Does Fasted Exercise Consume Muscle?

I recently had a conversation with someone I highly respect about whether it’s necessary to eat carbohydrates before exercising, or specifically hiking.

They believed that once ready glucose stores (glycogen) were consumed and you entered a state of ketosis, that the body would preferentially burn muscle instead of fat for fuel, however I don’t believe that is true.

I believe that the average 80kg, 25% body fat human, carries enough stored energy in the form of fat, to walk about 60 marathons (80kg x 25% x 2.2lbs x 3,500 calories/lb = approx 150,000 calories at 100 calories/mile = 1,500 miles or 60 marathons).

So I spent some time reading the scientific literature on the subject to try to work out which one of us was correct. (Sorry, I know, I’m sad like that, but this is a subject that really interests me.)

There are plenty of studies on this subject, here are just a selection:

“…data provided by scientific literature suggest a negligible or no effect of KD [ketogenic diets] on muscle mass with concomitant resistance training. KD may instead exert a protective effect against muscle mass loss during aging or during low calorie diets.”

“The aim of the present study was to compare the effects of 10 weeks resistance training in combination with either a regular diet (Ex) or a low carbohydrate, ketogenic diet (Lc+Ex) in overweight women on body weight and body composition… Resistance exercise in combination with a ketogenic diet may reduce body fat without significantly changing LBM [lean body mass, i.e. muscle]”

“We have demonstrated that using VLCKD [very low carbohydrate ketogenic diets] for a relatively short time period (i.e. 30 days) can decrease body weight and body fat without negative effects on strength performance in high level athletes.”

“Our results suggest that a KD [ketogenic diets] might be an alternative dietary approach to decrease fat mass and visceral adipose tissue without decreasing lean body mass”

I think it’s pretty clear that low carb ketogenic diets do not result in muscle loss, however we weren’t really talking about diets over the course of weeks, we were talking about exercising / hiking when glycogen stores were depleted, i.e. whilst fasted, so I looked for similar articles around Intermittent Fasting. Again there are many, here’s a sample:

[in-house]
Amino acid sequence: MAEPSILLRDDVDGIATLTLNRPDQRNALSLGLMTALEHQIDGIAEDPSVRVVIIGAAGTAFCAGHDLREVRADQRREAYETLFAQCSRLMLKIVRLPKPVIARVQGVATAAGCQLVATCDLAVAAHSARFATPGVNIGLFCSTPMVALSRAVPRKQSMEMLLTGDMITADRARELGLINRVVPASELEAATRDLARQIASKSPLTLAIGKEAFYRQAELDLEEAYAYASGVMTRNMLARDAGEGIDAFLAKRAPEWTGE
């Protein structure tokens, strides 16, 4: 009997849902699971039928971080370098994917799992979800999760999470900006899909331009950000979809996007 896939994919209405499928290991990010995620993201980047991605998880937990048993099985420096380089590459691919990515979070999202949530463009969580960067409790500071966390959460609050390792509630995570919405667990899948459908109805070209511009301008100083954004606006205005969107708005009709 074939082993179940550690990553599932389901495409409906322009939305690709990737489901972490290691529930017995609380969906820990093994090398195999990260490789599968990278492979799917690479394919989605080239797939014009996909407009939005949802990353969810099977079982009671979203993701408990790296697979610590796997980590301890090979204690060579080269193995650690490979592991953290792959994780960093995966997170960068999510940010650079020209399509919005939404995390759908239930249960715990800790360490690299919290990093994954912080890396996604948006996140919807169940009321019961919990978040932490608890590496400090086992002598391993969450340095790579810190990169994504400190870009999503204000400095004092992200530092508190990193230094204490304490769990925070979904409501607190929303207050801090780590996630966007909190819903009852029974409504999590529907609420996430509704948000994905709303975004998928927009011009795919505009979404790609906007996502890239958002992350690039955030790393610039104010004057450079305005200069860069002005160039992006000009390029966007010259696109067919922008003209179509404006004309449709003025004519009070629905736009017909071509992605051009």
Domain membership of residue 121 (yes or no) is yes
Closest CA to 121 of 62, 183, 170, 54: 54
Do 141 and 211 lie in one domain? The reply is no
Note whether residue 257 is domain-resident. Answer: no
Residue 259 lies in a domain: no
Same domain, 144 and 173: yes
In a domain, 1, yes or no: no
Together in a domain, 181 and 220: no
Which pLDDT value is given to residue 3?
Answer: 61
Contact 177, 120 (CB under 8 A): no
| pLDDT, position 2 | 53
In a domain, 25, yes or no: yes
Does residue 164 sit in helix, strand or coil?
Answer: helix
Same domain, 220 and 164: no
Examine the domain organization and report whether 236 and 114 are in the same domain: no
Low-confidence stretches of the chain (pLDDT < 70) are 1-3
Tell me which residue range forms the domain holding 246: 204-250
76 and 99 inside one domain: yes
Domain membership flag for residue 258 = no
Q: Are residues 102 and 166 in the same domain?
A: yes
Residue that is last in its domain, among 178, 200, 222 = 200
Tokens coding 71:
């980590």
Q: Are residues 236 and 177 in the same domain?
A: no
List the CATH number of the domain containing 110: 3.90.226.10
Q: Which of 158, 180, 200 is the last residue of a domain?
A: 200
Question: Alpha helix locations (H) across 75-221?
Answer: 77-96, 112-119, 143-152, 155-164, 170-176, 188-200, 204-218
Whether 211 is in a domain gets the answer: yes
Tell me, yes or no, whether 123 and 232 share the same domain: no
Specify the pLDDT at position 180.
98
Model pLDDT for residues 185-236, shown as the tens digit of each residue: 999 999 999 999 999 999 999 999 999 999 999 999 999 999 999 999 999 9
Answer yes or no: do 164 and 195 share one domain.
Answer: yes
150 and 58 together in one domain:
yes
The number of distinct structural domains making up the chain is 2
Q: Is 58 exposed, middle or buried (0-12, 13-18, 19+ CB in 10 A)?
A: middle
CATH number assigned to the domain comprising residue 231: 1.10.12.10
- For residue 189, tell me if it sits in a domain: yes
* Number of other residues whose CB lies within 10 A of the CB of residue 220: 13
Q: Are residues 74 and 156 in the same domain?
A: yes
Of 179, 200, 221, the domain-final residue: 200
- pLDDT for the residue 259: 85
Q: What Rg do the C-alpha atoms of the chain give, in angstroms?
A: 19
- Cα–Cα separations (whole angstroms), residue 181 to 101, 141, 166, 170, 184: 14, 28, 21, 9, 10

“MEDLINE, CINAHL, PubMed and SportDiscus databases were searched for articles investigating IF [intermittent fasting], combined with resistance training that reported measures of body composition. Eight studies met the eligibility criteria. LBM [lean body mass] was generally maintained, while one study reported a significant increase in LBM [lean body mass].”

“Emerging findings suggest the metabolic switch from glucose to fatty acid-derived ketones represents an evolutionarily conserved trigger point that shifts metabolism from lipid/cholesterol synthesis and fat storage to mobilization of fat through fatty acid oxidation and fatty-acid derived ketones, which serve to preserve muscle mass and function.”

“…there appeared to be a protective effect of 5:2 fasting on LBM [lean body mass] as magnitude of weight loss increased…”

I think it’s also clear that intermittent fasting doesn’t result in loss of lean body mass / muscle. However again I realised we weren’t really talking about intermittent fasting diets either, but rather exercising whilst fasted, so I looked for studies on that subject:

“Exercising during a fasting state increases lipolysis in adipose tissue while also stimulating peripheral fat oxidation, resulting in increased fat utilization and weight loss.”

“These findings indicate that body composition changes associated with aerobic exercise in conjunction with a hypocaloric diet are similar regardless whether or not an individual is fasted prior to training.”

“Intra-group analysis for the effect of fasted and fed aerobic exercise revealed trivial to small effect sizes on body mass. The inter-group effect for the interventions on body mass was trivial. Intra-group effects were small for % body fat and trivial for lean mass in females, with trivial effects also found for the inter-groups analyses.”

Here results showed that there was no evidence of lean body mass reductions as a result of exercising whilst fasted.

In conclusion:

  • Ketogenic diets don’t cause loss in lean body mass,
  • neither does intermittent fasting,
  • and nor does exercising whilst fasted.

I think the science is pretty clear.

Fat is excess glucose that’s been stored for later use. Whereas protein in the from of muscles is what’s used to obtain food from our environment, i.e. it’s crucial for human survival.

From an evolutionary perspective, does it make any sense that when ready glucose (glycogen) levels are depleted, the body should cannibalise its own muscles for energy, thereby reducing our ability to acquire more food? Or does it make more sense that the body goes to the ready made glucose reserves we carry around, i.e. fat?

That’s literally why we have fat in our bodies, it’s energy stored for later use when glucose is needed. That’s what it’s for.

Personally I regularly go hiking without having breakfast, and don’t eat until the walk is over, and I have zero issues with a lack of energy whilst hiking. One of the reasons I do this is because I’m lazy: I don’t want to carry around a belly full of food, nor lunch in a backpack, that’s extra weight I don’t need to carry! I accept that this only works for a day hike mind, not camping overnight.

However I also accept that I generally eat a lower carbohydrate diet anyway, and also practice intermittent fasting, so am possibly more “fat adapted” than most.

It’s probably true that anyone on a typical western diet of cereal or toast for breakfast, sandwiches for lunch, and meat & 2 veg + desert for tea, has probably never been in ketosis (burnt fat for energy) in their lives.

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